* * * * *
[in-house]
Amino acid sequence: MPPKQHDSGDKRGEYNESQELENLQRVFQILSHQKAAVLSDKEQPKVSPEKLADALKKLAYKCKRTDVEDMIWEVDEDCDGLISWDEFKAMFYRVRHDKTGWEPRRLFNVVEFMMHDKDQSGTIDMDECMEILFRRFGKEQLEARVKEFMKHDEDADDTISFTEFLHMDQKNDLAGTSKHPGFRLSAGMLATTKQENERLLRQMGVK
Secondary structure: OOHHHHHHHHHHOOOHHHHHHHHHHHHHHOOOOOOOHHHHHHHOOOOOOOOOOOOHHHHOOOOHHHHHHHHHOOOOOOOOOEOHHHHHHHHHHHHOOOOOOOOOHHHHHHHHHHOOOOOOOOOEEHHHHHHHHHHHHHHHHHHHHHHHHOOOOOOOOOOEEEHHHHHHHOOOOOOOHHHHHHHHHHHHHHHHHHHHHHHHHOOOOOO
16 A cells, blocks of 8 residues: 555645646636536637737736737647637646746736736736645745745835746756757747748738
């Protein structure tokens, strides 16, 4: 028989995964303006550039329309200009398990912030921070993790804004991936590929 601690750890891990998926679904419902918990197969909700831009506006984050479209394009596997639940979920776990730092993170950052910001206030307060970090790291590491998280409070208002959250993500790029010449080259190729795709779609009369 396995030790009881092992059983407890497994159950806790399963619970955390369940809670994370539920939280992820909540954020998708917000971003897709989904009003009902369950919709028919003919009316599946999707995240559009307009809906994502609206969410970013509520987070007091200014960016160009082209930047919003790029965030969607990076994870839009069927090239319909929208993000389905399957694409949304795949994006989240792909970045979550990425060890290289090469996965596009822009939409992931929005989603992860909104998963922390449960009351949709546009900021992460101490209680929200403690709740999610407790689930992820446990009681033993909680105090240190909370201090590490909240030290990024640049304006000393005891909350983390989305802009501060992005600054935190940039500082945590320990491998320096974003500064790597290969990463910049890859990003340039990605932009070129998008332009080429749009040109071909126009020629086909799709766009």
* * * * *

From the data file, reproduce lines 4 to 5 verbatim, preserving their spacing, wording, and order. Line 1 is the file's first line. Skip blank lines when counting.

16 A cells, blocks of 8 residues: 555645646636536637737736737647637646746736736736645745745835746756757747748738
């Protein structure tokens, strides 16, 4: 028989995964303006550039329309200009398990912030921070993790804004991936590929 601690750890891990998926679904419902918990197969909700831009506006984050479209394009596997639940979920776990730092993170950052910001206030307060970090790291590491998280409070208002959250993500790029010449080259190729795709779609009369 396995030790009881092992059983407890497994159950806790399963619970955390369940809670994370539920939280992820909540954020998708917000971003897709989904009003009902369950919709028919003919009316599946999707995240559009307009809906994502609206969410970013509520987070007091200014960016160009082209930047919003790029965030969607990076994870839009069927090239319909929208993000389905399957694409949304795949994006989240792909970045979550990425060890290289090469996965596009822009939409992931929005989603992860909104998963922390449960009351949709546009900021992460101490209680929200403690709740999610407790689930992820446990009681033993909680105090240190909370201090590490909240030290990024640049304006000393005891909350983390989305802009501060992005600054935190940039500082945590320990491998320096974003500064790597290969990463910049890859990003340039990605932009070129998008332009080429749009040109071909126009020629086909799709766009």